The acronym “FDA” is hyperlinked, but rather than being taken to authoritative science directly from the Food and Drug Administration, you end up at some site called FitDay and an article that only glancingly references a 1998 FDA study—with no link to said study.

One big problem here is that food makers are trying to get you to conflate minimally processed frozen fruits and vegetables with, say, frozen lasagna. One bite of your average frozen entrée, though—all limp and mushy and oversalted—is probably enough for anyone to answer the question of whether frozen is as good as fresh. Unless you read the label, you could be consuming shocking amounts of sodium, fat, and various unpronounceable ingredients.

When it comes to produce, however, the answer appears far more complicated than big food is making it out to be. Yes, a number of studies have found that when you compare the nutritional value of fresh to frozen, on balance there’s really no difference. The reason that’s given most often (and that makes a star turn in the frozen-food industry’s new media blitz) is that frozen produce is picked at the peak of ripeness, when nutrients are at their best, versus “fresh” produce that is often picked before it’s ripe and shipped hundreds, if not thousands, of miles.

There’s some truth to that, although many of the studies out there are (surprise!) sponsored by the frozen-food industry. A more nuanced look at the question came from the University of California, Davis, several years ago. Researchers pored over a bevy of studies, and they found that not only does the nutritional difference between fresh and frozen appear to depend on what fruit or veggie you’re talking about, it also seems to depend on what nutrient.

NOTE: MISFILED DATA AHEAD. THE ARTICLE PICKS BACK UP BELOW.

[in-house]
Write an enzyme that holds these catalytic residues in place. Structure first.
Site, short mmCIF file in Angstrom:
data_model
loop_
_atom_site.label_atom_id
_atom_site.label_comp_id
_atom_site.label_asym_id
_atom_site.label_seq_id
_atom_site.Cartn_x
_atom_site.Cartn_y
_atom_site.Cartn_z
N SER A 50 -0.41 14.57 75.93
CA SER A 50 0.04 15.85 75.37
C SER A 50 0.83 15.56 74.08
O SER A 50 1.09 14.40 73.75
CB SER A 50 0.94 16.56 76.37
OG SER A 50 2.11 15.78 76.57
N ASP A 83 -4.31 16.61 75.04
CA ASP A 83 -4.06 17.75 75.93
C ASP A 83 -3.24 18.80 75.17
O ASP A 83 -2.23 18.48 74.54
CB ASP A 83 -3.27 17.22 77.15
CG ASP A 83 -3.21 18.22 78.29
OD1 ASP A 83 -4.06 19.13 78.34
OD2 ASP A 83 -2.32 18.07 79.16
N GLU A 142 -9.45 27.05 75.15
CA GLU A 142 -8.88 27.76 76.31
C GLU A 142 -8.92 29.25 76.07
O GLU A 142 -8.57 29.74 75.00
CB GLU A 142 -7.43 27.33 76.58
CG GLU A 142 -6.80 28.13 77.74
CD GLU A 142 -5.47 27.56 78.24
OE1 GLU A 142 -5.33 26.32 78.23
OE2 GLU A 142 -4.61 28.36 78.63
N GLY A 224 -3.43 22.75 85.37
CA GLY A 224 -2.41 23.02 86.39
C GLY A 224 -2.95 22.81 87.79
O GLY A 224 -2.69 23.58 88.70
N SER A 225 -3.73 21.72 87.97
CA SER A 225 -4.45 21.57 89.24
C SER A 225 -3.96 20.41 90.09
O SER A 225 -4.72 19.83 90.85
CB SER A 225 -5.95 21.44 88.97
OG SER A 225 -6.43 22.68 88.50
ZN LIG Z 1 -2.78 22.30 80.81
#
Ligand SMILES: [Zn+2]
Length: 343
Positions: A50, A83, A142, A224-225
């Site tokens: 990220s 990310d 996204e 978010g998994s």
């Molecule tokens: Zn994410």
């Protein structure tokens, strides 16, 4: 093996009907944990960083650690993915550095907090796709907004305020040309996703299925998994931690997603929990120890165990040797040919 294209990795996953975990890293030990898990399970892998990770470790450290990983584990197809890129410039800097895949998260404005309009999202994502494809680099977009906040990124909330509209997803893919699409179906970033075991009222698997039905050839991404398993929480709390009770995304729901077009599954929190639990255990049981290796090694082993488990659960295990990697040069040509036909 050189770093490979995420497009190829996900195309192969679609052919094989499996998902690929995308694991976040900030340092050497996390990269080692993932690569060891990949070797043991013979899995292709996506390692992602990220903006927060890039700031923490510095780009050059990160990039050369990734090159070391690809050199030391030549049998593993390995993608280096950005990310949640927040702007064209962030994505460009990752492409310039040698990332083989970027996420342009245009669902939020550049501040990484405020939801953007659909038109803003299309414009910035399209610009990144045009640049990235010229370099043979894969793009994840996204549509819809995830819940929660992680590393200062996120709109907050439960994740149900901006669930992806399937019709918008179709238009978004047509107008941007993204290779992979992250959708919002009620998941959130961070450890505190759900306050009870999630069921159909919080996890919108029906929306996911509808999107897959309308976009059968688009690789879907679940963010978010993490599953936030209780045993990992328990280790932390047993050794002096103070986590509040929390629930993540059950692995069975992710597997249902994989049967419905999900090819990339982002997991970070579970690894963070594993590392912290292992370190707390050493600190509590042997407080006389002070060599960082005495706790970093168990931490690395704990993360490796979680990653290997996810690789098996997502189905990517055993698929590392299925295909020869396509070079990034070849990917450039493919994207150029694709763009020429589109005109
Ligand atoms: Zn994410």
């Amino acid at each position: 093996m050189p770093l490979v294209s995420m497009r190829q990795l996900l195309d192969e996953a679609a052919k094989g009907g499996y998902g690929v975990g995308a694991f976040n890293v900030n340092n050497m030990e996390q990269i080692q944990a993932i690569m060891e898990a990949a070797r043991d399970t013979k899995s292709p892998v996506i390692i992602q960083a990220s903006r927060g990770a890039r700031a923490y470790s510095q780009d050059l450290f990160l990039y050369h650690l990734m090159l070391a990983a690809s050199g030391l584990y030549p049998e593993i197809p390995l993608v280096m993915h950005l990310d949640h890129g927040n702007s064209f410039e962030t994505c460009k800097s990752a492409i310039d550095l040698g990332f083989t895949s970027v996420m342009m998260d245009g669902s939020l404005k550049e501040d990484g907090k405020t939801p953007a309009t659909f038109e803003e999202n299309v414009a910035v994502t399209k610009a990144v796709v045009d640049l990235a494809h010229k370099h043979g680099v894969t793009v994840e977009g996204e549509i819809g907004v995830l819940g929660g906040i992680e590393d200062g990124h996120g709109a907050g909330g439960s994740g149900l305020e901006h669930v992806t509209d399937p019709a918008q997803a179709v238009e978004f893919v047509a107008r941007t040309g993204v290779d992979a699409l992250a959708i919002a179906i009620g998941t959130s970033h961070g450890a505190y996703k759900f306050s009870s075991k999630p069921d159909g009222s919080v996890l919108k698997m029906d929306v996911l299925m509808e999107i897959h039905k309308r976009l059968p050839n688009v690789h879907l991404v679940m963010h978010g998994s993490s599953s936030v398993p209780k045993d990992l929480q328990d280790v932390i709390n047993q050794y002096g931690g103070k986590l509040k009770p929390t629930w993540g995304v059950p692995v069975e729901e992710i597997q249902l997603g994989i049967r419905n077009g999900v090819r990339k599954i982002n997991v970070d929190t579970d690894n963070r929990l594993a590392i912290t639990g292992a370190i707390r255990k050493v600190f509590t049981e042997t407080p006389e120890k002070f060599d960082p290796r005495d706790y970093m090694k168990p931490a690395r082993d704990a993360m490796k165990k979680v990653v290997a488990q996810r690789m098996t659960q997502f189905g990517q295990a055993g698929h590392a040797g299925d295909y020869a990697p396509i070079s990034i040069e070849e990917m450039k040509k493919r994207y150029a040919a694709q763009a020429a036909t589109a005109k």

Take vitamin C. Broccoli loses anywhere from 30 percent to 50 percent of its vitamin C content during freezing, while green beans lose 17 percent. “In general, losses due to the entire freezing process can range from 10 to 80%, with averages around 50%,” the report states.

But wait, there’s more. Produce pretty much starts to lose vitamin C the minute it’s harvested. Broccoli sitting for seven days at room temperature will lose more than 50 percent of its vitamin C.

The permutations are enough to make your head spin, but the bottom line is this: In the question of whether frozen is as good as fresh, the answer largely seems to depend on what we mean by “fresh.” If we’re talking about conventional produce—which has often been trucked in from far away—that you buy in your average grocery store, then yeah, sure, frozen probably holds its own (so long as you don’t keep it in deep-freeze for, like, a year).

But increasingly, when we talk about “fresh,” we’re talking about local—the bounty of our ever more popular farmers markets. Really, the less time it takes for you to get that broccoli from the farm to your plate, the fresher—and more nutritious—it will be.

Free Range is a biweekly column that covers the often weird and sometimes wonderful world of food industry news. From the latest hits at the drive-through to the front lines of the battle over restaurant wages, Free Range is your source for news and commentary on the latest in food. The opinions expressed are the author’s own and do not reflect the views of Participant Media.